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Global warming could cause more electrical blackouts

A new study led by the American Geophysical Union has investigated the implications of increased use of household air conditioning due to climate change. According to the researchers, if states do not expand capacity or improve efficiency of the air conditioning industry, this climate-driven increase is likely to cause prolonged blackouts during peak summer heat.

Human-induced greenhouse gas emissions will likely increase global average temperatures by over 1.5 degrees Celsius compared to pre-industrial levels in less than a decade. Without urgent mitigation strategies, temperatures will most probably exceed the 2.0 degrees Celsius threshold by the end of the century.  

While previous research has examined the estimated impacts of global warming on annual electricity consumption or daily peak load for specific states or cities, this is the first study to analyze residential air conditioning demand on a household basis at a large scale. By incorporating observed and predicted air temperatures, humidity, and discomfort indices with air conditioning use by statistically representative households across the United States, the scientists have found that, without enough capacity to meet demand, energy utilities may have to stage rolling blackouts during heat waves to avoid grid failure.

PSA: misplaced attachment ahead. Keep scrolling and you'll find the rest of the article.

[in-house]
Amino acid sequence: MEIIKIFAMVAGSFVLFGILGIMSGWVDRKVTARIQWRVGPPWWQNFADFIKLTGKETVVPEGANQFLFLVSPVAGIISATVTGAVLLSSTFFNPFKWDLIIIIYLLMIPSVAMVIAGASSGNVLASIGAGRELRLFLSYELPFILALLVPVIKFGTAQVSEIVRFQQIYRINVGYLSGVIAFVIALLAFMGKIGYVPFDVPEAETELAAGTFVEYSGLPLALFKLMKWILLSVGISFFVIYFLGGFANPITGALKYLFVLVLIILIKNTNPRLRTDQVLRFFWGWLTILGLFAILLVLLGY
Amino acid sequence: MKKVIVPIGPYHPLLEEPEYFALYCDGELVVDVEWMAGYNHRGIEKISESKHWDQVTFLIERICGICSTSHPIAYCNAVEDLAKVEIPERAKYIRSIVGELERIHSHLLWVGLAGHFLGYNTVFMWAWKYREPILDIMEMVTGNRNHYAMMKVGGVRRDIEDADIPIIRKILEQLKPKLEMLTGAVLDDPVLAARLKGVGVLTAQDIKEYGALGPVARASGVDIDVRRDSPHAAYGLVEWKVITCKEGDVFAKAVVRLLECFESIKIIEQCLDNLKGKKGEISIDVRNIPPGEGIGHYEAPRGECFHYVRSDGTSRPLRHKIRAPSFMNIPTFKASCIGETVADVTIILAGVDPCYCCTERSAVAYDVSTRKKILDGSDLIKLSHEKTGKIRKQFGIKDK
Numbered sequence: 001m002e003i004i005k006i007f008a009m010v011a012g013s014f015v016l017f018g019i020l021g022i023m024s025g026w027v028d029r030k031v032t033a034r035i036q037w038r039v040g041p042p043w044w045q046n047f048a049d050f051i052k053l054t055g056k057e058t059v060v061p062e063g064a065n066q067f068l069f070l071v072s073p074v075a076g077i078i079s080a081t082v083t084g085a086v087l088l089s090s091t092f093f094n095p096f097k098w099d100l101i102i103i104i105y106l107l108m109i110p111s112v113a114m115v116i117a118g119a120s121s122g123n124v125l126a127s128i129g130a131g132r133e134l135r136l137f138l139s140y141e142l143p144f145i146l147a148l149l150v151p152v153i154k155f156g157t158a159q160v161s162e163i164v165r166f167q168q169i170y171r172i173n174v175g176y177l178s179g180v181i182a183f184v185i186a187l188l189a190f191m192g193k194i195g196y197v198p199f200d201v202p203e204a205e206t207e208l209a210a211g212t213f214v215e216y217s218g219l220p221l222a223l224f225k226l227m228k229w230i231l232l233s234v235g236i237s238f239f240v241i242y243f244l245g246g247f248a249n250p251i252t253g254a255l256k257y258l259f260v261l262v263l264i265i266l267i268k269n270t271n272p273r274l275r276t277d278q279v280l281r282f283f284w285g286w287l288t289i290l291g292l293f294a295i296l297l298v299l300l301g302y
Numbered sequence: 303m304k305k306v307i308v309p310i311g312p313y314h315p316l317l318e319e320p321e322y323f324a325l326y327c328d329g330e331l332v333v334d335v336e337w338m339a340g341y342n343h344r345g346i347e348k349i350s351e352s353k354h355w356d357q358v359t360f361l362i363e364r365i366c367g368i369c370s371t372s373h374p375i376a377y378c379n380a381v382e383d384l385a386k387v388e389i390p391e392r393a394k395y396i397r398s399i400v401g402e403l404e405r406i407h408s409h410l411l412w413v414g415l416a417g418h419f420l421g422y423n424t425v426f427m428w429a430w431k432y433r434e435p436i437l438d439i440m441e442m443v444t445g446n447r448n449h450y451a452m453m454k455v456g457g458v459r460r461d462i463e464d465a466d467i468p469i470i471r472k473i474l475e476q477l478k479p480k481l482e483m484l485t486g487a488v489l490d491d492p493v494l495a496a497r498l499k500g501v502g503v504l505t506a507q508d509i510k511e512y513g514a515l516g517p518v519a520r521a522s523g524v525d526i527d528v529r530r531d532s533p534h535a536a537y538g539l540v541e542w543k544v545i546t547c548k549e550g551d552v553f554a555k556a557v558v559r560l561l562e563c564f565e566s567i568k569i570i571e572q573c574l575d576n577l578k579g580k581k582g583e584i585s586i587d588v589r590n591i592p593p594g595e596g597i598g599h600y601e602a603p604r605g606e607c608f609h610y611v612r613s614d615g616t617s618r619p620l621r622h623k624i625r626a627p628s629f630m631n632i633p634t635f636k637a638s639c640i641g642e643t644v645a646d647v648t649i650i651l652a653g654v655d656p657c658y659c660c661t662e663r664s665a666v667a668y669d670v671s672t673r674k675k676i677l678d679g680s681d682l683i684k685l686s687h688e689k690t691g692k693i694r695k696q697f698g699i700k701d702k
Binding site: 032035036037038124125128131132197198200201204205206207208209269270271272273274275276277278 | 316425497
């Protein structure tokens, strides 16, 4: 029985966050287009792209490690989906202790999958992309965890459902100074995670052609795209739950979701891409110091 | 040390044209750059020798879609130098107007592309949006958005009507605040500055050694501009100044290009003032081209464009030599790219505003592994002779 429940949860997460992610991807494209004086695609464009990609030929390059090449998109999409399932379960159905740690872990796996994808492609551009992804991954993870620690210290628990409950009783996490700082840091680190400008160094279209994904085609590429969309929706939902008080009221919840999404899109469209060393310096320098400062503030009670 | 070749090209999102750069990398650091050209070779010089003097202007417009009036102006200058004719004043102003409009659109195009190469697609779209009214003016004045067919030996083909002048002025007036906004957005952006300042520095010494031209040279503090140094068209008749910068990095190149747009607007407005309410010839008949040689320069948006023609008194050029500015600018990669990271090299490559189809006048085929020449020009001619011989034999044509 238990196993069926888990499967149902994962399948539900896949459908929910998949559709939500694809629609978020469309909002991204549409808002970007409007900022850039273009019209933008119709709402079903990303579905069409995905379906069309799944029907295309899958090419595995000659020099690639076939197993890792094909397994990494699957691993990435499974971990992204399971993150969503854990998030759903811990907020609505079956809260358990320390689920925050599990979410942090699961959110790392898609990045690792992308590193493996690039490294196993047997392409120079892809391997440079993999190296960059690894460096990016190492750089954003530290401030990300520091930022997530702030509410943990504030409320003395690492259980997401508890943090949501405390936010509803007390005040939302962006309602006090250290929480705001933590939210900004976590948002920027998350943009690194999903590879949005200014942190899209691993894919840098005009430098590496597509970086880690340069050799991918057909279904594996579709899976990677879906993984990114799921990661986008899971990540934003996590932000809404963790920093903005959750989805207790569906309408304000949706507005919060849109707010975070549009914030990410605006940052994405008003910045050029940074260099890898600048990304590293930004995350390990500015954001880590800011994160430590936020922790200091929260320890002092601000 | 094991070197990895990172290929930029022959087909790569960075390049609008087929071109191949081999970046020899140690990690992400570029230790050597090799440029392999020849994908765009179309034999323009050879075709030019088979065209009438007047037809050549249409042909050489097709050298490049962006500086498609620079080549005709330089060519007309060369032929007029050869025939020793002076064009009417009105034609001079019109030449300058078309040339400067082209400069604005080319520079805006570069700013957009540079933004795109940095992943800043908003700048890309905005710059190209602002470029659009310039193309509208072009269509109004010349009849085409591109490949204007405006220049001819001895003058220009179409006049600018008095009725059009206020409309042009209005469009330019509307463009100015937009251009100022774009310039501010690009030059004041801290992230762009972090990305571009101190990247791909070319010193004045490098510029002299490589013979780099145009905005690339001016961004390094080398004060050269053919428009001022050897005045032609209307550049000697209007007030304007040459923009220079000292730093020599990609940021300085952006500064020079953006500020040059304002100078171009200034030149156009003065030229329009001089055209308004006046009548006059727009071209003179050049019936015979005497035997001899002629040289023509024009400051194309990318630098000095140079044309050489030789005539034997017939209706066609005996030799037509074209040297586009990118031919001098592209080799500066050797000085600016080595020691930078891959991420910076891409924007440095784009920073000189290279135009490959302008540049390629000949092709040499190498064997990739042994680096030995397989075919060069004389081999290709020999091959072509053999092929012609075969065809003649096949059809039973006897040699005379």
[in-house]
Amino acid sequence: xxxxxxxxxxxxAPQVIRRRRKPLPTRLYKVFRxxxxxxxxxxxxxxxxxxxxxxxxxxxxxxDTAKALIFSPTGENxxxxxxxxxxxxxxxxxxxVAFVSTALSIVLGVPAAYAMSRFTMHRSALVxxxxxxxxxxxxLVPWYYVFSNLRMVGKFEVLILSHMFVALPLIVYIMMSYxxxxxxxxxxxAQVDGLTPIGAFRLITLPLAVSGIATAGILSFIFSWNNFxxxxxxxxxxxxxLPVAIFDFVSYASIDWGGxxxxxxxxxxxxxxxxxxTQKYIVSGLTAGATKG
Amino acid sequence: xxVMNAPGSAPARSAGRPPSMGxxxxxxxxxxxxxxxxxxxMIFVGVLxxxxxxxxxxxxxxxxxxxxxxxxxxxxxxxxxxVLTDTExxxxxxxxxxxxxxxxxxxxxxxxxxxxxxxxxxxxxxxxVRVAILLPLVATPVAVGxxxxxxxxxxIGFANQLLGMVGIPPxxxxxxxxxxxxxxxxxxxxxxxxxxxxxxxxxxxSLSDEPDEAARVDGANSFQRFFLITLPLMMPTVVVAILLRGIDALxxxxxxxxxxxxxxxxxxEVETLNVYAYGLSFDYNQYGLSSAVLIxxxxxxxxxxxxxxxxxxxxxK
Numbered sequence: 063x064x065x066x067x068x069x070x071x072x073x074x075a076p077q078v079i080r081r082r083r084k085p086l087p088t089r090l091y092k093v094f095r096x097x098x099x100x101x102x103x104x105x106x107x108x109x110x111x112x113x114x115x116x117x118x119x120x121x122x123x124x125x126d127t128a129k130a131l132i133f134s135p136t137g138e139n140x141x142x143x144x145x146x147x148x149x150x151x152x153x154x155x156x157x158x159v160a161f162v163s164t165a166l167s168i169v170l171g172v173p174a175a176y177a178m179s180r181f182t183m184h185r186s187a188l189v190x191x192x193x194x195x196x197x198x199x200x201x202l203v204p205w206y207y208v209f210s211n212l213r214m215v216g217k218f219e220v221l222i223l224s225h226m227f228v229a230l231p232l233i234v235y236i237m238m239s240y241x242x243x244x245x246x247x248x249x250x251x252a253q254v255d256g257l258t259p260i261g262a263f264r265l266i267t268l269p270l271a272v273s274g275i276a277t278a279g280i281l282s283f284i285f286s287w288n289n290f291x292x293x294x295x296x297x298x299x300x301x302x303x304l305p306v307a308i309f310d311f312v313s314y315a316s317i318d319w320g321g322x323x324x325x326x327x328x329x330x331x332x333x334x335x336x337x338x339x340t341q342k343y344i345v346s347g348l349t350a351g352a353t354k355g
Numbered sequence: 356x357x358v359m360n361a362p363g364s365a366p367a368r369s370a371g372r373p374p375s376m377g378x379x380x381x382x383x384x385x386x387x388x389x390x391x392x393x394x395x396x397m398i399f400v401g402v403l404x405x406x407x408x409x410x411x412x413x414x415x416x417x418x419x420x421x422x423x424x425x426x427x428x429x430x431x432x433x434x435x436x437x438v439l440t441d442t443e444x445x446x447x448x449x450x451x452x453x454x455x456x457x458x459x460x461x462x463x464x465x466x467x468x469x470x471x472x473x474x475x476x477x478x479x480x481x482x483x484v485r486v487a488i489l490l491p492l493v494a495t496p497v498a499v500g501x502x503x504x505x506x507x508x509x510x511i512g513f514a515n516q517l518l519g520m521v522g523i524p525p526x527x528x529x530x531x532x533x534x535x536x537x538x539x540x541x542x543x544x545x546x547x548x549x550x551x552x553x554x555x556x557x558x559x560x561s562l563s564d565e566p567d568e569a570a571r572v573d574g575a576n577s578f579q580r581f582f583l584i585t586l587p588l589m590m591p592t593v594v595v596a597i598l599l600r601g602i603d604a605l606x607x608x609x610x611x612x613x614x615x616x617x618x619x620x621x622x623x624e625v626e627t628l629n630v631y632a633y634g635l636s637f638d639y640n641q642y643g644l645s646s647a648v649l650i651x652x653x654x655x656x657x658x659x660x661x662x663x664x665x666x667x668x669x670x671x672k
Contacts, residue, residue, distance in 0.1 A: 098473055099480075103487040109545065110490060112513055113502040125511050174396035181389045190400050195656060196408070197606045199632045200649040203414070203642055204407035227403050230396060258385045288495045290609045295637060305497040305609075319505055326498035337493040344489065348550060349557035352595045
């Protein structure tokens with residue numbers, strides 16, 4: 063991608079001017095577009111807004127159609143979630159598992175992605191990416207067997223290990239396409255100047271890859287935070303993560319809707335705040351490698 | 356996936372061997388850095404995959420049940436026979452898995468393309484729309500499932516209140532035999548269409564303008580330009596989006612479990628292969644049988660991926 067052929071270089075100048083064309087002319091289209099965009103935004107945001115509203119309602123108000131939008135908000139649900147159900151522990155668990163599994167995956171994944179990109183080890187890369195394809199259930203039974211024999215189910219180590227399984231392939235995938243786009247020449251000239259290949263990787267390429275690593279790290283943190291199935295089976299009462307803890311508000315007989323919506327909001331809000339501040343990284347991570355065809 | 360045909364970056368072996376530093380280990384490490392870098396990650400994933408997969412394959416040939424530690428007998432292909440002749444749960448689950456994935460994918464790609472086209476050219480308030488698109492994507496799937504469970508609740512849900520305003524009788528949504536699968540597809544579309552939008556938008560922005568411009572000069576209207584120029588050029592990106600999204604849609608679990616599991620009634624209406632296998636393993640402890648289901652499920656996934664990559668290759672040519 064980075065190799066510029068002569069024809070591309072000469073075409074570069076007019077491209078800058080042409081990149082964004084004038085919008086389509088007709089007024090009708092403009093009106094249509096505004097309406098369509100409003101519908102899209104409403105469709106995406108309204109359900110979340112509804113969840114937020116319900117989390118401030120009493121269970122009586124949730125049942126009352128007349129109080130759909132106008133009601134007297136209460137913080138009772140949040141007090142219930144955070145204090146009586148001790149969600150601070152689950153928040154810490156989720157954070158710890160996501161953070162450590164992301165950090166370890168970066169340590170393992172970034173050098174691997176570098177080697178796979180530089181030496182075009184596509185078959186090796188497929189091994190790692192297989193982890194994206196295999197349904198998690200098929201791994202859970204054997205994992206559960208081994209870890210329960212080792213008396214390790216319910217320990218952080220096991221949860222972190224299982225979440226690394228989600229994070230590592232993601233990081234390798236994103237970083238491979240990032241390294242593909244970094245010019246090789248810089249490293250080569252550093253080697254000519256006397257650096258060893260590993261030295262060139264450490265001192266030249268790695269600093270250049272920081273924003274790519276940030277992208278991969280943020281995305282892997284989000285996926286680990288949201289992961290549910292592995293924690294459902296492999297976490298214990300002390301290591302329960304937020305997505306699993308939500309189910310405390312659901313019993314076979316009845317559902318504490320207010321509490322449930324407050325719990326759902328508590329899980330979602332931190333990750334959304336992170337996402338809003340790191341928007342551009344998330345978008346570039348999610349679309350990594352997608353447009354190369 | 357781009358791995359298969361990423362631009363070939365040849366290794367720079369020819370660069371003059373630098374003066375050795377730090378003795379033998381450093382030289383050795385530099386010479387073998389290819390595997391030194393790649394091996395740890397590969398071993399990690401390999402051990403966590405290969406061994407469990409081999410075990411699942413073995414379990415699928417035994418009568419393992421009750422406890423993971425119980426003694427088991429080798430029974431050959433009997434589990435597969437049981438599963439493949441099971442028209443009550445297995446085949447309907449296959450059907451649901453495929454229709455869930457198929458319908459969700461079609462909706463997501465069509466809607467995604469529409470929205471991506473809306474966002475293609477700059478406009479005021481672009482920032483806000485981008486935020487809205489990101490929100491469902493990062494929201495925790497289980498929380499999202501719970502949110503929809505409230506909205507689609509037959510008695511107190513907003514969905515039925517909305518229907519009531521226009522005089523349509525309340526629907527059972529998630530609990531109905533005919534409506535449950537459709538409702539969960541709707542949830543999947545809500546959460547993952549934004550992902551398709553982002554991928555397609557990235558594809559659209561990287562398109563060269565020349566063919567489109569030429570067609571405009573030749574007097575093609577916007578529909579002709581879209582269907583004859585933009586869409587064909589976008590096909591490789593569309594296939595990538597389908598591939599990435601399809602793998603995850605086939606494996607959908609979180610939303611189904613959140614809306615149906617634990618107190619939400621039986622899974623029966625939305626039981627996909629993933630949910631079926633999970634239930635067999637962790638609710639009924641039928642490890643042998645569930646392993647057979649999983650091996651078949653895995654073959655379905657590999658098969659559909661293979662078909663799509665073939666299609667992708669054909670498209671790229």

According to the researchers, technological improvements of home air conditioning appliances will be necessary to supply the additional cooling needed to achieve comfort levels in an increasingly warm world and to avoid prolonged blackouts. 

“It’s a pretty clear warning to all of us that we can’t keep doing what we are doing or our energy system will break down in the next few decades, simply because of the summertime air conditioning,” said Susanne Benz, a geographer and climate scientist at Dalhousie University in Nova Scotia, Canada.

In order to avoid frequent summer blackouts, an increased efficiency of one to eight percent of residential air conditioning appliances is needed, depending on existing state standards and the expected demand increase. For instance, the already hot southern and southwestern parts of the United States will most likely experience the largest increases in electricity demand. 

Thus, besides taking into consideration global climate changes, an efficient strategy to avoid electricity blackouts caused by increased use of air conditioning should also pay attention to local conditions, and take urgent measures to properly balance peoples’ comfort, electrical infrastructures, and climate patterns.

The study is published in the journal Earth’s Future.    

By Andrei Ionescu, Staff Writer

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